We train young activists to become leaders of environmental protection efforts in our Negev Fellows for the Environment program. Citizen groups in Sderot, representing the many immigrants who live there, are keeping careful track of the millions of dollars received by that community from generous international sources, and of the transparency and funding of municipal government services. All these and more have been supported by the NIF and/ or strengthened by their work with Shatil.
Of course, our support for organizations working for civil rights and social justice for Israel's Arab citizens is well known; we are extremely proud of our role in seed-funding and supporting that sector. There is no group in Israel that faces more daily or more systemic discrimination. In the Negev in particular, this includes Bedouin, the country's most impoverished community, which faces the daily threat of home demolition and the persistent status of "unrecognized."
NIF does not believe in the strategy, too frequently used by Israeli politicians, of setting one underprivileged group against another so that the high-handed decisions made on behalf of the wealthy and powerful go unnoticed. Our most celebrated coalitions are those in which Mizrahi women teach Ethiopians about successful strategies for community organizing, or where liberal-Orthodox and Arab women sit together to think about sexism and empowerment. Our basic premise is that every Israeli is entitled to raise his or her voice to advance equality, fairness and justice.
Back in 2005, the summer of the controversial withdrawal from Gaza, NIF's Israeli and international board members and staff set off on a bus to Gaza to talk to the settlers who were about to lose their homes in Gush Katif. No, we did not support their preference to stay there then, and we consistently oppose the occupation and the settlement enterprise now. But we do not demonize those with whom we disagree. We believe that when Israel finally relinquishes its hold on the territories, and when many of those settlers come home to Israel, they will be entitled to the respect and justice that every Israeli citizen deserves.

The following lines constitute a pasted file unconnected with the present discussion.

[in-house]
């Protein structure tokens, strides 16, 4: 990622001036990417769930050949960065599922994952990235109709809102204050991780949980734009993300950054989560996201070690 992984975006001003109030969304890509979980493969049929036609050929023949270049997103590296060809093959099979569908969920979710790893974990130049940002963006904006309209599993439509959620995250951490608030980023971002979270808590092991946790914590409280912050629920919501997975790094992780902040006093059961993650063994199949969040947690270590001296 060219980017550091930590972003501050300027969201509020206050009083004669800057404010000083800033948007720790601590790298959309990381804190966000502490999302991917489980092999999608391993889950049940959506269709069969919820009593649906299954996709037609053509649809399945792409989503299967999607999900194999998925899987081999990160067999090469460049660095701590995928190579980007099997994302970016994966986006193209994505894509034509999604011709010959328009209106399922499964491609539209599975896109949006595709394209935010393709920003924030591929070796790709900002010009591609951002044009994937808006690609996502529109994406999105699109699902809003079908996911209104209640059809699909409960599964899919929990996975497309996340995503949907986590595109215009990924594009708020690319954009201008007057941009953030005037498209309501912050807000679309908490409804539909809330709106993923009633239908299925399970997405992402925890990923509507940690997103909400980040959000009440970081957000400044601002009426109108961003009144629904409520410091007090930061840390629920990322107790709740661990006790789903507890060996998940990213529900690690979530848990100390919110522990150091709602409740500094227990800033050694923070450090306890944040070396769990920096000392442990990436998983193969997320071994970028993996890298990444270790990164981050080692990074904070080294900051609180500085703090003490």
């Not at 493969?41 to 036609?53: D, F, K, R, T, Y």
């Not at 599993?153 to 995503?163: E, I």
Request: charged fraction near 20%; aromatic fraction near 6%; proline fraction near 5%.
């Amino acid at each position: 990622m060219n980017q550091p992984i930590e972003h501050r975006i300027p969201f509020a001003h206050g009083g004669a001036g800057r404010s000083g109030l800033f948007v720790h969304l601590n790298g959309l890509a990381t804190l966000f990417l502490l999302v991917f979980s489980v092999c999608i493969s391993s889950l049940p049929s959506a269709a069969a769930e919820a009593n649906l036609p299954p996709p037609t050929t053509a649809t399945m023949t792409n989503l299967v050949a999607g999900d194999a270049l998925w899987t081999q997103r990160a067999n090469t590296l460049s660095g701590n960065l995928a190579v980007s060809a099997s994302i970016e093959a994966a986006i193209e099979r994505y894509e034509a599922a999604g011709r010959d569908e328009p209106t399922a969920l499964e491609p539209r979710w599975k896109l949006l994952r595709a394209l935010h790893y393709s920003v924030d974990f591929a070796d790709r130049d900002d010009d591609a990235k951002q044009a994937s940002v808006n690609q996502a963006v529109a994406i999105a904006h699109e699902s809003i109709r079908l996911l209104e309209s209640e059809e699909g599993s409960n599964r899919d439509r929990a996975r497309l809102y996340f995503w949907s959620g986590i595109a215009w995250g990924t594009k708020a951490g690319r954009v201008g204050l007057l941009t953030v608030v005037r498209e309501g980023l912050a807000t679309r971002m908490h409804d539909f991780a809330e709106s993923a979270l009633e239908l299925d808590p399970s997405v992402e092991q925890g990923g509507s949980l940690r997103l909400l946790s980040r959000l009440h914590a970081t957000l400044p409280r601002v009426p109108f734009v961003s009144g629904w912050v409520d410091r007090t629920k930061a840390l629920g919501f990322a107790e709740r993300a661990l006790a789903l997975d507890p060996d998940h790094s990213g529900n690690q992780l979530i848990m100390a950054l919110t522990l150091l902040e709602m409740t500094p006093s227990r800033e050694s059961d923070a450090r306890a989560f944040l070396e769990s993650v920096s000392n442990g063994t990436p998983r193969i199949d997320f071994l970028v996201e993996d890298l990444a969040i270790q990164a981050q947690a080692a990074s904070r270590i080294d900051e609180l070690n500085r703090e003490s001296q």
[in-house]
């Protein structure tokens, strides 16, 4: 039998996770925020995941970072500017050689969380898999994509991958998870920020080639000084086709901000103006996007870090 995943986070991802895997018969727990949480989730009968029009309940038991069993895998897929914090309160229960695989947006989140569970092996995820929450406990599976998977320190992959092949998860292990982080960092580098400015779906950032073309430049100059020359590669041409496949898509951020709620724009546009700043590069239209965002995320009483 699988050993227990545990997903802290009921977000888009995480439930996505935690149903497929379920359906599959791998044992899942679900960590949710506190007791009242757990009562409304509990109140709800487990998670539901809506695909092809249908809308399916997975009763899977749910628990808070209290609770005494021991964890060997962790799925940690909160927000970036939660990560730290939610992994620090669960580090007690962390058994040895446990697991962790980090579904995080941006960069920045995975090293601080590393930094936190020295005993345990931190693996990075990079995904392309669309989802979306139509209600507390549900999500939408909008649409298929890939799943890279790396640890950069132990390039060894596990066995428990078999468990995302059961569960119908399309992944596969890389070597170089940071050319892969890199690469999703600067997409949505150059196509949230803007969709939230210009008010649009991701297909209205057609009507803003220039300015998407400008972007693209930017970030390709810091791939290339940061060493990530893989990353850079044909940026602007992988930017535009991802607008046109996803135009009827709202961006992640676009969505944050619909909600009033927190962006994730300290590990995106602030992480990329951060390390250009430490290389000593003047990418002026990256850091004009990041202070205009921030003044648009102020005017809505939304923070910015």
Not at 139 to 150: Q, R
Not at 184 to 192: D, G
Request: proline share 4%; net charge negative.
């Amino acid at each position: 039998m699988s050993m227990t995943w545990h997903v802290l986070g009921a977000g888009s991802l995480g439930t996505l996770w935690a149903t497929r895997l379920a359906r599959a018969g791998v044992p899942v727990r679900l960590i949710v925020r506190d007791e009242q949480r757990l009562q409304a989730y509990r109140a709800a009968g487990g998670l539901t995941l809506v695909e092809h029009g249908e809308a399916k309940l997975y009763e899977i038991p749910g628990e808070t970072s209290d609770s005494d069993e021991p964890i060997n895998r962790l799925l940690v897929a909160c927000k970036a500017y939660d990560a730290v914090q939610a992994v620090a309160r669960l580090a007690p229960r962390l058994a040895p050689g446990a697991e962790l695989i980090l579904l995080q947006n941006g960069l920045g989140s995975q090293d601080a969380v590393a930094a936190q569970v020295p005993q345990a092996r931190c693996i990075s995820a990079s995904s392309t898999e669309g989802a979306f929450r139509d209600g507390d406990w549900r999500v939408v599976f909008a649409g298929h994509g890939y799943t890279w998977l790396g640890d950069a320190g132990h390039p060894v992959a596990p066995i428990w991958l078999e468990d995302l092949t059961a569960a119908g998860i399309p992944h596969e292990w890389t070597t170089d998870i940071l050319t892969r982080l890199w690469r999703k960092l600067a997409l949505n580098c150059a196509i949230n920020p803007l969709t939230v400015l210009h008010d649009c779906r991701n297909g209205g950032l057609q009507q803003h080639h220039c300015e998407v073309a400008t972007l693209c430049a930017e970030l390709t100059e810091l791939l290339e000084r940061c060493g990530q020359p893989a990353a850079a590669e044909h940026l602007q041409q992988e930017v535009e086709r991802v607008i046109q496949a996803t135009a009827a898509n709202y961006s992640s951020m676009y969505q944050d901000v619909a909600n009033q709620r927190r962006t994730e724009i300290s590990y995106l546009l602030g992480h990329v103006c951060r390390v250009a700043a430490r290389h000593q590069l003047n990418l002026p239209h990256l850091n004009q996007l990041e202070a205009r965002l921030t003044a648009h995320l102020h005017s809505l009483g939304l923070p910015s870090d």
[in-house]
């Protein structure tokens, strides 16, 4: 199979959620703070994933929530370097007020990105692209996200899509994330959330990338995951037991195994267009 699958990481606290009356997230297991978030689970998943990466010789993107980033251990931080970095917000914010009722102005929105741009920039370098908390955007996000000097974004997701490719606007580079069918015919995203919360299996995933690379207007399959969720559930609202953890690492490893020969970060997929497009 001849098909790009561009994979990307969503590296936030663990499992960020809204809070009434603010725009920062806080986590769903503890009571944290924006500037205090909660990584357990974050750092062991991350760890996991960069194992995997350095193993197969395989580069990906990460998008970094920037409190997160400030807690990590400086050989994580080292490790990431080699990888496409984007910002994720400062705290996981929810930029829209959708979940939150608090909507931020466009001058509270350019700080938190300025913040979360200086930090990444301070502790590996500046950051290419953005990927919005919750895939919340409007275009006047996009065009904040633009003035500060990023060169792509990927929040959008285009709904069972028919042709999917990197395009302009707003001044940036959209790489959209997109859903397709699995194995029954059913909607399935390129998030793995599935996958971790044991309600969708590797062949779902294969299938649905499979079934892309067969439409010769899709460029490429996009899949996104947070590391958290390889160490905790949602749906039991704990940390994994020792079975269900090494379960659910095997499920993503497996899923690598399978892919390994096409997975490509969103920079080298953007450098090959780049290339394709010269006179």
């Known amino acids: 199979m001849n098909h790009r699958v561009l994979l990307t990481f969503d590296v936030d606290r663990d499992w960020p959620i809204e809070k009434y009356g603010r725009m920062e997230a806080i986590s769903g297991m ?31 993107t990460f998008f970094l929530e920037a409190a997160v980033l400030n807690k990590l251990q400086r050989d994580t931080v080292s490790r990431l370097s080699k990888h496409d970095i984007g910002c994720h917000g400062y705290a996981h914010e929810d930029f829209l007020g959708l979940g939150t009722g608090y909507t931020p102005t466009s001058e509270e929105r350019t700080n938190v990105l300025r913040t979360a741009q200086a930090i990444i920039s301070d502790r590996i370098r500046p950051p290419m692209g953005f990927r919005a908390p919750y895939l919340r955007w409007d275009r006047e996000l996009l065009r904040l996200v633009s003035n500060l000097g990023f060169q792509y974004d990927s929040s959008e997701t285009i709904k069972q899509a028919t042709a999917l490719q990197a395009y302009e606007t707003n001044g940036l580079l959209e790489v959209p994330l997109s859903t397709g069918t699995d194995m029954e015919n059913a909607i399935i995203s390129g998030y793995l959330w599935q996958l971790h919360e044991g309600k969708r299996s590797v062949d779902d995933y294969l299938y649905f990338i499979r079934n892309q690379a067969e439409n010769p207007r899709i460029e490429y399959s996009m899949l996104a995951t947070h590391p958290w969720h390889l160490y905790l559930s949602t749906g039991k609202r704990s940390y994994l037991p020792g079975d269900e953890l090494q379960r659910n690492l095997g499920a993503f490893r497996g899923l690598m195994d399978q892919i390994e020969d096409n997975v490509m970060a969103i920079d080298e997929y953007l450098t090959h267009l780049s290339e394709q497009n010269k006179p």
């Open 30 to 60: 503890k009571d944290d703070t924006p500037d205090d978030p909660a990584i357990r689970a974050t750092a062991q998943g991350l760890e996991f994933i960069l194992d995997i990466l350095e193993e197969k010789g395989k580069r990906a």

There is one thing we will not do: We will not raise money for security measures. Not only is that not our area of expertise, but it is the task of the State of Israel - supported by billions in American taxpayer contributions - to protect its citizens. The billions of dollars that Israel spends on settlements would certainly better be spent on real security, in the broader sense, for citizens, whether that means Iron Dome in the south or basic fire equipment in the Carmel or decent schools in development towns. We think we are doing our best, and so are our progressive allies in Israel and overseas, to remind the Israeli and American governments of that fact.
There is no excuse for the disgusting targeting of civilians by the Hamas regime in Gaza. But our work of social change and social justice in Israel is important precisely because we don't treat the towns within rocket range as crisis zones, but rather like the vital communities they are, with the whole complex complement of issues they face as they build their future. We will not just be in Ashkelon and Be'er Sheva and the places in between when the bombs come down. As we have done for 33 years, and will continue to do until we are no longer needed, we stand with every citizen of Israel we have the means to help. Every day.
Rachel Liel is the executive director in Israel, and Daniel Sokatch the CEO, of the New Israel Fund.